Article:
CEELI Institute works with Balkan Judges Handling Terrorism Cases

In February, in partnership with the Malta-based International Institute for Justice and the Rule of Law (IIJ) and with funding from the US State Department, the CEELI Institute initiated a multi-year program working with judges from the western Balkan region who must handle complex cases involving issues of terrorism, national security, and the transit of foreign fighters.  In particular, the program will promote understanding and use of relevant international guidance for judges on these matters, including particularly the Global Counterterrorism Forum’s (GCTF) Hague Memorandum Good Practices for the Judiciary in Adjudicating Terrorism Offenses.

In light of the increased terrorism across Europe, the vast transit of refugees to Europe from Syria, and the particular burdens this puts on the Balkan countries, the issues encompassed by the GCTF Good Practice documents are more important than ever. The continuing civil war in Syria and other conflicts in the region put special burdens on the Balkans, with increasing numbers of foreign terrorist fighters either leaving their native Balkan homes to go fight abroad and then returning, or foreign fighters entering the Balkans under the guise of being refugees. In either case, judges across the region need to be trained and prepared to handle cases involving both domestic terrorism and the new phenomenon presented by foreign fighters.

A preliminary strategy session was held at the Institute in early February, and brought together judges from five of the affected Balkan countries, along with a U.S. judge, highly experienced counterterrorism experts, CEELI Institute and IIJ staff. The Institute was delighted to welcome back Judge John R. Tunheim, Chief Judge of the United States District Court for the District of Minnesota, and a veteran faculty member of some of our most prominent programs and a wealth of knowledge on the Balkan region, to participate in and lead several segments of the meeting. Discussions surrounded the current experiences and capacity of the judiciaries across the Balkans in dealing with cases involving terrorism, including examination of particular cases handled to date by courts in the region. The two-day session also involved an in-depth discussion of key GCTF Good Practices, and their relevance to the work of the judges in the region, as they face increasing numbers of such cases.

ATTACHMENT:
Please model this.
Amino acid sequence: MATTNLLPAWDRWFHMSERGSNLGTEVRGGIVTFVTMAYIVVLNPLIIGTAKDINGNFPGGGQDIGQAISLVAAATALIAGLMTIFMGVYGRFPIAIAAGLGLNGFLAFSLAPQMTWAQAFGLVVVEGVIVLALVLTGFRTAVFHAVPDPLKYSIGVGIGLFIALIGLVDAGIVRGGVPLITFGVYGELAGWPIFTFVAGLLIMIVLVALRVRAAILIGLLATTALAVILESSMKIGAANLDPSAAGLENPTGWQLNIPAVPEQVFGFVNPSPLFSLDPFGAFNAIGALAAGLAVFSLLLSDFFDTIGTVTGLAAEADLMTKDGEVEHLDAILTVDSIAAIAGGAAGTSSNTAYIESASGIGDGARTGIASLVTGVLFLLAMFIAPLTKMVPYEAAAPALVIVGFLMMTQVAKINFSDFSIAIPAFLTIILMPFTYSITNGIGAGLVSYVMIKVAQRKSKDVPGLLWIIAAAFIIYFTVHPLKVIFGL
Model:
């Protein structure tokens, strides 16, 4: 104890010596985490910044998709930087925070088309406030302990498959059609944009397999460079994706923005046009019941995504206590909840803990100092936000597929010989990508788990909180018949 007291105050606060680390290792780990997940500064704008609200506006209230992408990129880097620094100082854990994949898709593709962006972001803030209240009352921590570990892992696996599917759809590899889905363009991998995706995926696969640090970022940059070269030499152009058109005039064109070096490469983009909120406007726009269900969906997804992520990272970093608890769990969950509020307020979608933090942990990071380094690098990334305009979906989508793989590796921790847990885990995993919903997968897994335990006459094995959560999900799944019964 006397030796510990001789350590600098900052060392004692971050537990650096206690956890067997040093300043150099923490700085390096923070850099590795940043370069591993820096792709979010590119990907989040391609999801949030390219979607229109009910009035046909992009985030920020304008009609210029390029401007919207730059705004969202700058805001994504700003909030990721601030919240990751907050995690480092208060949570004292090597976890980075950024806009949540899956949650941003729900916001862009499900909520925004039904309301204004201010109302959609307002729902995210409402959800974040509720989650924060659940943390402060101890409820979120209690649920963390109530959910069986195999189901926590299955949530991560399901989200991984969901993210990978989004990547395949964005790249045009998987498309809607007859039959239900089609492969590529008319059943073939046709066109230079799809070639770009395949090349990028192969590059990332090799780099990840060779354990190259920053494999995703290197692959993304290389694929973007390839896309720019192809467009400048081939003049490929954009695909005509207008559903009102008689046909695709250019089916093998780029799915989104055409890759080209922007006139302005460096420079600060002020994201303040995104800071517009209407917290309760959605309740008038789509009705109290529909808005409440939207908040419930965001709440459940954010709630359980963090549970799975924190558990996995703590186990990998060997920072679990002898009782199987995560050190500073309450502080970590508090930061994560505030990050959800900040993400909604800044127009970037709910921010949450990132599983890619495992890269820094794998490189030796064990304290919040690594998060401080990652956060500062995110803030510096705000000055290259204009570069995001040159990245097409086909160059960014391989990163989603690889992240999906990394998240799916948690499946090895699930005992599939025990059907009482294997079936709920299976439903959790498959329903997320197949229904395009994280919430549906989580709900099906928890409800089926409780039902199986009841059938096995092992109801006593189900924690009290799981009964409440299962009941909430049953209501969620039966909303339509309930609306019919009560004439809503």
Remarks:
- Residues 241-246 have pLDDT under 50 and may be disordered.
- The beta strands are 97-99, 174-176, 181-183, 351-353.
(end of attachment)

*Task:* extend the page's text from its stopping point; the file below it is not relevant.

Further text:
The Institute is now in the process of preparing more comprehensive sessions for a larger group of judges from across the region, to explore the issues involved in handling terrorism and foreign fighter cases in greater depth. At least twenty judges from six countries – Albania, Bosnia and Herzegovina, Kosovo, Macedonia, Montenegro, and Serbia – will be selected by their high courts or court presidents to participate in the first training session in early summer of this year.

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